This is why Makusha appreciates everything — every aspect of what he has done since getting on that plane and getting to the US.
“Even starting to think about that and looking at how things worked out in the end, I just look back and praise the Lord,” Makusha said. “I’m thankful that I’m here now. My life has totally changed from humble beginnings. Sometimes it’s hard to paint the picture,” he added.
It didn’t take long for coaches to realise just what they had in Makusha. He impressed jumps coach Dennis Nobles with his first leap in his first practice.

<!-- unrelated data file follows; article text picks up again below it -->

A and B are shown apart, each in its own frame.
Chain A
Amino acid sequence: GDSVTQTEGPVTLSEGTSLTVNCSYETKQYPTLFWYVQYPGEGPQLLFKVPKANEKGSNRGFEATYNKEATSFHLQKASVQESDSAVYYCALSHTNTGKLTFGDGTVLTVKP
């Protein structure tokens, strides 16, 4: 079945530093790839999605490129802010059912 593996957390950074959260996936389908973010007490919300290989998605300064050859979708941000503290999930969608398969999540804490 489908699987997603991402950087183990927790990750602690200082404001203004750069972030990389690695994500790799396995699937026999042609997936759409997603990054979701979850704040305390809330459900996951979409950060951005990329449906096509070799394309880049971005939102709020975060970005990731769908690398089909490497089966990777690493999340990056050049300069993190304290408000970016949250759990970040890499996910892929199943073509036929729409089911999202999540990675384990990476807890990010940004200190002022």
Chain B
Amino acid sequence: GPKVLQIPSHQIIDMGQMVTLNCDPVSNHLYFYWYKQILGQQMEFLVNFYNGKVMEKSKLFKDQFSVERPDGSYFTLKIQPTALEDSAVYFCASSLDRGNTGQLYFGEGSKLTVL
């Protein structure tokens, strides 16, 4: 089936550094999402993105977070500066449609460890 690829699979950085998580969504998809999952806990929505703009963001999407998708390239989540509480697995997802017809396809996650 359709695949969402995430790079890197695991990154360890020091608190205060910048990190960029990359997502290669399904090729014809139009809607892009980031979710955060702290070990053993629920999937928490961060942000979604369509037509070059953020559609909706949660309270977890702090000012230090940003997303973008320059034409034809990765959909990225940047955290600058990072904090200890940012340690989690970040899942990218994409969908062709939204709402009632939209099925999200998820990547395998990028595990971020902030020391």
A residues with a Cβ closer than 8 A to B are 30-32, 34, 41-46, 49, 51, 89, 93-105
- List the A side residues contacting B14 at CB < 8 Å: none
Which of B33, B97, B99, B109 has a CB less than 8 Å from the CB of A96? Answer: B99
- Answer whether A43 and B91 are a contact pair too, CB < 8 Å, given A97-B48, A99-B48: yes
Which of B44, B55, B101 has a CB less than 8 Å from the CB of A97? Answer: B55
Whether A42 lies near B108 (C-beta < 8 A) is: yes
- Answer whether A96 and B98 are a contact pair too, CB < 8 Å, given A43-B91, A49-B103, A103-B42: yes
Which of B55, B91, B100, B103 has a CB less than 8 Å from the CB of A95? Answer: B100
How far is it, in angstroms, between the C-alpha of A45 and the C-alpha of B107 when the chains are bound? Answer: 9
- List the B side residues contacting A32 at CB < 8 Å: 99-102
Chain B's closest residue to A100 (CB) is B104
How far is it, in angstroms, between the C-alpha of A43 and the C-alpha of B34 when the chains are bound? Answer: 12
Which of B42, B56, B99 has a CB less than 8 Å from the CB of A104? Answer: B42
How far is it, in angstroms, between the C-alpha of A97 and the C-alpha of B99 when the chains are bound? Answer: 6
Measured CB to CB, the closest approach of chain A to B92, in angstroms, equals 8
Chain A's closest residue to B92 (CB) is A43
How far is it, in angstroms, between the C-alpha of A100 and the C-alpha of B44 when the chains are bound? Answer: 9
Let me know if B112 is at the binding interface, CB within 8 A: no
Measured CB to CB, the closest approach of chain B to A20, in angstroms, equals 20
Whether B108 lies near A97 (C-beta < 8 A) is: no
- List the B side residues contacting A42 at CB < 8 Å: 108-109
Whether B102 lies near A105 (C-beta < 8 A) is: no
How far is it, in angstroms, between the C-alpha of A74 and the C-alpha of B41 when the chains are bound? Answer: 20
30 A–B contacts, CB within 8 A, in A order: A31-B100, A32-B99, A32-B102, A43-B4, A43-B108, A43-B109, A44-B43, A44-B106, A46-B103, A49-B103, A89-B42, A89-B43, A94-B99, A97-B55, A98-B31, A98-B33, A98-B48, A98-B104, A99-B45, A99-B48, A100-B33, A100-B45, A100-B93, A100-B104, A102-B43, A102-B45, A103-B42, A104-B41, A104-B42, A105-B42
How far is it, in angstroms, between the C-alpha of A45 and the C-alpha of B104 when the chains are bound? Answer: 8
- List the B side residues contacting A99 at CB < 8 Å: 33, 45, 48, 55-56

The rest of the US soon saw it too. Makusha won the long jump at the NCAA outdoors in 2008 as a freshman and competed in the Beijing Games that summer. He tied for fourth in the long jump at 8,19 m — missing a medal by just a centimeter.
“You just don’t go to the Olympics and place fourth as a freshman,” Nobles said. “He was special.”
Makusha kept stacking up titles, accumulating five NCAA outdoor and one NCAA indoor title in three years. But nothing compared to the breakthrough weekend last June at the NCAA outdoors when he won the 100, long jump and was part of Florida State’s 4x100m relay team that finished first. Makusha had claimed three NCAA titles in two days.
He set the college record in the 100m — a blazing 9,89 seconds. And Makusha became the fourth man to win the 100m and the long jump, joining the likes of Jesse Owens, Carl Lewis and DeHart Hubbard.